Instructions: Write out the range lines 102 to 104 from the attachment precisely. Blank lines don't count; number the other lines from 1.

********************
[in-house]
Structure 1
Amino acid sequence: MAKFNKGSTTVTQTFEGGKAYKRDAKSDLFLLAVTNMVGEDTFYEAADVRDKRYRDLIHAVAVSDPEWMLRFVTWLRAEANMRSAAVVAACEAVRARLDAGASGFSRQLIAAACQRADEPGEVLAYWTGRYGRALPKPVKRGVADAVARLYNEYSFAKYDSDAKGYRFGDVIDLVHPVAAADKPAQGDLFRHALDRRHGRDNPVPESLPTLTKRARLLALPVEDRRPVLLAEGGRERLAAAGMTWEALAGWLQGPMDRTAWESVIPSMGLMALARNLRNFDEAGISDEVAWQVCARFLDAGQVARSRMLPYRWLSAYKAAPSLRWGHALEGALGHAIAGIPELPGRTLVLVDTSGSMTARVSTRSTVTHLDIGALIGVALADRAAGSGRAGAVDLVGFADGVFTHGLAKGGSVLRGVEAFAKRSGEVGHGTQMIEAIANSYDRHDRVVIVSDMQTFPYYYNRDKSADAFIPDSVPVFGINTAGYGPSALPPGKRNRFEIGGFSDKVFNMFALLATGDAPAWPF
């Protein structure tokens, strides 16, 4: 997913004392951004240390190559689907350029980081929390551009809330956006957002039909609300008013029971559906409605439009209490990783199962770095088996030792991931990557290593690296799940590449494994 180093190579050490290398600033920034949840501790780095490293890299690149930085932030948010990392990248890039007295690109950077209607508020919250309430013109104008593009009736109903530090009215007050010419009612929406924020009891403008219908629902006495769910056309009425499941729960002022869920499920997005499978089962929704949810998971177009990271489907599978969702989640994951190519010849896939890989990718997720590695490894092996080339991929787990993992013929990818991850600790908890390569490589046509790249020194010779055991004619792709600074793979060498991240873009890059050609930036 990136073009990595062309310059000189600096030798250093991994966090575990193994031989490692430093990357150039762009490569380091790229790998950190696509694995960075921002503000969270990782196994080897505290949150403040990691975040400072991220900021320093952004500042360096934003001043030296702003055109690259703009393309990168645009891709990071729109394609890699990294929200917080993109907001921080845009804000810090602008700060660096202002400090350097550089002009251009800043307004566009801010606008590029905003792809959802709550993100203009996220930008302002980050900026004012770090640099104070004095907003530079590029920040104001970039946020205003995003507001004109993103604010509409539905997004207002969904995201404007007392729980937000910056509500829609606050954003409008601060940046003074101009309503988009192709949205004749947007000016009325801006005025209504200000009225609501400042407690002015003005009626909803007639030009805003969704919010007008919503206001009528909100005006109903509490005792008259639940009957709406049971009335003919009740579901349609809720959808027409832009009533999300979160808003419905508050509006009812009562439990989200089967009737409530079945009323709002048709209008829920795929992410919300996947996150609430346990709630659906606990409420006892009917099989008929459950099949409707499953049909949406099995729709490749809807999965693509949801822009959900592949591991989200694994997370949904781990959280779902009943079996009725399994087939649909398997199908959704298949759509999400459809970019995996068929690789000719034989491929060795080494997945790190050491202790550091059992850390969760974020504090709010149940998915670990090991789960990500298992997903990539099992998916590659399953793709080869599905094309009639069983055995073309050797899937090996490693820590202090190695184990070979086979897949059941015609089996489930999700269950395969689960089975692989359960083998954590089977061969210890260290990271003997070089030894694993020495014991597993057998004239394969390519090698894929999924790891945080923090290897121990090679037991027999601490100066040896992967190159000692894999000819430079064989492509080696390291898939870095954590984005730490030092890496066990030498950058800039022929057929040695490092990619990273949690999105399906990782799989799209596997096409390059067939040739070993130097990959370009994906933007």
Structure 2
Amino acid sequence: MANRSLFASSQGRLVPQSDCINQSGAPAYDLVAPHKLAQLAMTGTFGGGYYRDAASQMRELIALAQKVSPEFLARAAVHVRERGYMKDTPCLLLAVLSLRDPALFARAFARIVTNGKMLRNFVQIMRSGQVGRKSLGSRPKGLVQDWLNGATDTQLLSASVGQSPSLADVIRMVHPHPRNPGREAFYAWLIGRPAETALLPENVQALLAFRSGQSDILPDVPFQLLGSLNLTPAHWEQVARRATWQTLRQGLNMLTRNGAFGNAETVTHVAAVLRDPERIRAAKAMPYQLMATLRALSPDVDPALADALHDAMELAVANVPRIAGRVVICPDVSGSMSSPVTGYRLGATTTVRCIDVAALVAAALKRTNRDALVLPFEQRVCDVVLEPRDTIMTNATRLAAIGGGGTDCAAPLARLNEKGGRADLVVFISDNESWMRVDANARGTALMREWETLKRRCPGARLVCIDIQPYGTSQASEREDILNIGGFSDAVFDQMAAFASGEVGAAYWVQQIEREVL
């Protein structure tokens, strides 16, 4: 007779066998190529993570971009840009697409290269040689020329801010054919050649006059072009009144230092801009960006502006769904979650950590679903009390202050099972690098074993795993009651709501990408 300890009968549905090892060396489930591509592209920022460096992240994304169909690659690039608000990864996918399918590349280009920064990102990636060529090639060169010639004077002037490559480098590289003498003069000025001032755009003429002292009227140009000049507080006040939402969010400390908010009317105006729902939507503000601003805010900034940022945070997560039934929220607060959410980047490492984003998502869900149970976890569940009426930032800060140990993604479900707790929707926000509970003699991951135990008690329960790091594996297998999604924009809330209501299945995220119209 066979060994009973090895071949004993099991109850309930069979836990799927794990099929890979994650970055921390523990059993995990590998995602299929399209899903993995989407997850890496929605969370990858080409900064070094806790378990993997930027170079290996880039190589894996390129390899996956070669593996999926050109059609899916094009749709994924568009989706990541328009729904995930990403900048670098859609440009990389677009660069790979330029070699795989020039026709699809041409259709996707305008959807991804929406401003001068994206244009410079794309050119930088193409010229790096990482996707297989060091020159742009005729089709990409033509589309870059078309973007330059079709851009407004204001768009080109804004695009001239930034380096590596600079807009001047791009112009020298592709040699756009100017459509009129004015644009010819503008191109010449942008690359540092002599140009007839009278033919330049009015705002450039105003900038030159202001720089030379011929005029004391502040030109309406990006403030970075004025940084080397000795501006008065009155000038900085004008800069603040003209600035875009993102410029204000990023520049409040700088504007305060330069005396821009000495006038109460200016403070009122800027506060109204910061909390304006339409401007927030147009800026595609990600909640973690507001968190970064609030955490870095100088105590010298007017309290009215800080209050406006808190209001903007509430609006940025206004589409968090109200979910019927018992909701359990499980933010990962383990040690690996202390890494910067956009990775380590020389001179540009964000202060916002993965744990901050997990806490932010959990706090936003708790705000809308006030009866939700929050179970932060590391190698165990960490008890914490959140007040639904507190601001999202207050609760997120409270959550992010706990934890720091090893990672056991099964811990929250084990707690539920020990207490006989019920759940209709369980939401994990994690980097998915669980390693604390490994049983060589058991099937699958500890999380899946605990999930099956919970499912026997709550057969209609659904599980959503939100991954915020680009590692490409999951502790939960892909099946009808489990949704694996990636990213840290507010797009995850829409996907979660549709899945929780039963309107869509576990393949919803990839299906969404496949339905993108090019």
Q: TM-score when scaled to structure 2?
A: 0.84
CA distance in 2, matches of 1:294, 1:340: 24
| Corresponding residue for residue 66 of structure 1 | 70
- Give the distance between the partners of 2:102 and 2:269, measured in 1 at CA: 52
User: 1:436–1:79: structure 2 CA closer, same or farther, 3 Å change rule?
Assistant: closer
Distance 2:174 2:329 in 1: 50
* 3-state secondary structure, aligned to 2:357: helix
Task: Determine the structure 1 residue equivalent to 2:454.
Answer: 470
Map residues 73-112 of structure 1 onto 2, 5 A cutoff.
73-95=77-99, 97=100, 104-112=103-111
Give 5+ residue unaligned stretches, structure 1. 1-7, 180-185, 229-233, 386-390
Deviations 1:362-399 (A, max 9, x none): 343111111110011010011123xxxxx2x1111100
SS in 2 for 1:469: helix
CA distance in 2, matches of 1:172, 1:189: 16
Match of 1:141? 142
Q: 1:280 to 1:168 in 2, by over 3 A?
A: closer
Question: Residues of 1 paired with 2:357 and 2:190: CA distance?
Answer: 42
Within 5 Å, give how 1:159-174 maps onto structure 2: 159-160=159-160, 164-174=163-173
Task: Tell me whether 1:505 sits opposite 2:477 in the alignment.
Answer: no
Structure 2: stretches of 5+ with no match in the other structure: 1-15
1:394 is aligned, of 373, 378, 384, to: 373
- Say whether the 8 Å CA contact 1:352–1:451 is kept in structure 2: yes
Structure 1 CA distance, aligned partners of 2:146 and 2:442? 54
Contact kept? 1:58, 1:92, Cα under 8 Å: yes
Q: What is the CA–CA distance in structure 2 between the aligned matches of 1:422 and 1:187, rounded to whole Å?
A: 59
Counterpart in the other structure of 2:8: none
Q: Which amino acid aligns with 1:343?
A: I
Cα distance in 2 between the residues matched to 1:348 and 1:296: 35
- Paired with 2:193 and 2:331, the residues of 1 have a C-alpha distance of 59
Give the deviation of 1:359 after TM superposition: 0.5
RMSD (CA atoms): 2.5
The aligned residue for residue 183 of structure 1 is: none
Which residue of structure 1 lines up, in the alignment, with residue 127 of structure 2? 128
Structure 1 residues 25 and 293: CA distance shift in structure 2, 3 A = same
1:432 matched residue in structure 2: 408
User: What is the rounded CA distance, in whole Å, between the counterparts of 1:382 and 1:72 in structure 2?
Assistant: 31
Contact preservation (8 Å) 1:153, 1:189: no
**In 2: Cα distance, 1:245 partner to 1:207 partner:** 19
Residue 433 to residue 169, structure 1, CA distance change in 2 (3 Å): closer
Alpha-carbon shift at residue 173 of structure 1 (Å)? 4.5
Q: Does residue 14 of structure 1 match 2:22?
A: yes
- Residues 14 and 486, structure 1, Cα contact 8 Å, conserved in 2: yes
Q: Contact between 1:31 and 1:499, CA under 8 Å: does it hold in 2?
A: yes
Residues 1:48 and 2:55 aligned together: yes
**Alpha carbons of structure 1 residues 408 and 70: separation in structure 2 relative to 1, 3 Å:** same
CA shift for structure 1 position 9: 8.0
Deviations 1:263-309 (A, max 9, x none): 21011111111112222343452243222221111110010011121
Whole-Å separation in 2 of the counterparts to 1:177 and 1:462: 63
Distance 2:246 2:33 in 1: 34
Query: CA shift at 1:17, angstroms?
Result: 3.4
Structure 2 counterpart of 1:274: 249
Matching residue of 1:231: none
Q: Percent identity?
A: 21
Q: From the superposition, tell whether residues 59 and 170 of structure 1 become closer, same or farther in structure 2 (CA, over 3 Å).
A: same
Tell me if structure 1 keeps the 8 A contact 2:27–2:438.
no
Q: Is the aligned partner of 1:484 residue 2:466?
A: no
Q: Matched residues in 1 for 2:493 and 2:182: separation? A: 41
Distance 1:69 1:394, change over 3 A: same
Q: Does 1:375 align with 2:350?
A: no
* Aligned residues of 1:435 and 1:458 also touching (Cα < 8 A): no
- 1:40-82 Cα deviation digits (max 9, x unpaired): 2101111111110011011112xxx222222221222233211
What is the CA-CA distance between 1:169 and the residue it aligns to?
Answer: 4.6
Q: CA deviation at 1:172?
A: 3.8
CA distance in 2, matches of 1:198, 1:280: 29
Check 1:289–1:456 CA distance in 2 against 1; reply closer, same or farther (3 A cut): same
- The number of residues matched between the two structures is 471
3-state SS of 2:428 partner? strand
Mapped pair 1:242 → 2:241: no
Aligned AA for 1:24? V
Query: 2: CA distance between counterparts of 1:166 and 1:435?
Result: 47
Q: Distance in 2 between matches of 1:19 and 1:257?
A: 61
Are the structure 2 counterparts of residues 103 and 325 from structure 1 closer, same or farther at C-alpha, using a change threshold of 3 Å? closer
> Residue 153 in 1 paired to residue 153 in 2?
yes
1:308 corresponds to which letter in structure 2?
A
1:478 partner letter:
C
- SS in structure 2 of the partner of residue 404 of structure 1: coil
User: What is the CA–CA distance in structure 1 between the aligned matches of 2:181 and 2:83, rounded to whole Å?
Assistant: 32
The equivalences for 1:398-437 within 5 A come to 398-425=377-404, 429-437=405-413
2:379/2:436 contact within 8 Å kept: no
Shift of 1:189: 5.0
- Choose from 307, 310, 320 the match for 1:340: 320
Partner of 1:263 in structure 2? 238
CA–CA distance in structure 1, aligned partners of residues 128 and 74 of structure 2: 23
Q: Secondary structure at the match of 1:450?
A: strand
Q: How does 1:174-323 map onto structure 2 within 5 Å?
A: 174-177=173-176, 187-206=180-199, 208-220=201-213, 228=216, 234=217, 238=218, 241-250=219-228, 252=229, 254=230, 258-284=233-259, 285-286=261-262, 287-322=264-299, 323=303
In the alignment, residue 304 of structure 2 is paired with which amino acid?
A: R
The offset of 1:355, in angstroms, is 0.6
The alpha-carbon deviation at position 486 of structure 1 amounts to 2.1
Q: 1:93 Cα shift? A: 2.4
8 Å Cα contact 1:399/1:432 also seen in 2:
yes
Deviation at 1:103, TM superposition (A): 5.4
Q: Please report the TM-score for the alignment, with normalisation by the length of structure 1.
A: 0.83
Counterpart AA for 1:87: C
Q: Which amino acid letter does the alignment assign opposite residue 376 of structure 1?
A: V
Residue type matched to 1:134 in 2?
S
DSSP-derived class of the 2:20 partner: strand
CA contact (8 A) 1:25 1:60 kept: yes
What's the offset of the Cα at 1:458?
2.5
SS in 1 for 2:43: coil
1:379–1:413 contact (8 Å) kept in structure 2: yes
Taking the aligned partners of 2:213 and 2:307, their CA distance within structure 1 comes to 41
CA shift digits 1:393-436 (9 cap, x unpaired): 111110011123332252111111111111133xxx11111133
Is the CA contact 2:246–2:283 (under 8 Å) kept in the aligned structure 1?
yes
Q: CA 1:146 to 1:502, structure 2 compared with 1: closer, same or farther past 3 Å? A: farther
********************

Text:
yes
1:308 corresponds to which letter in structure 2?
A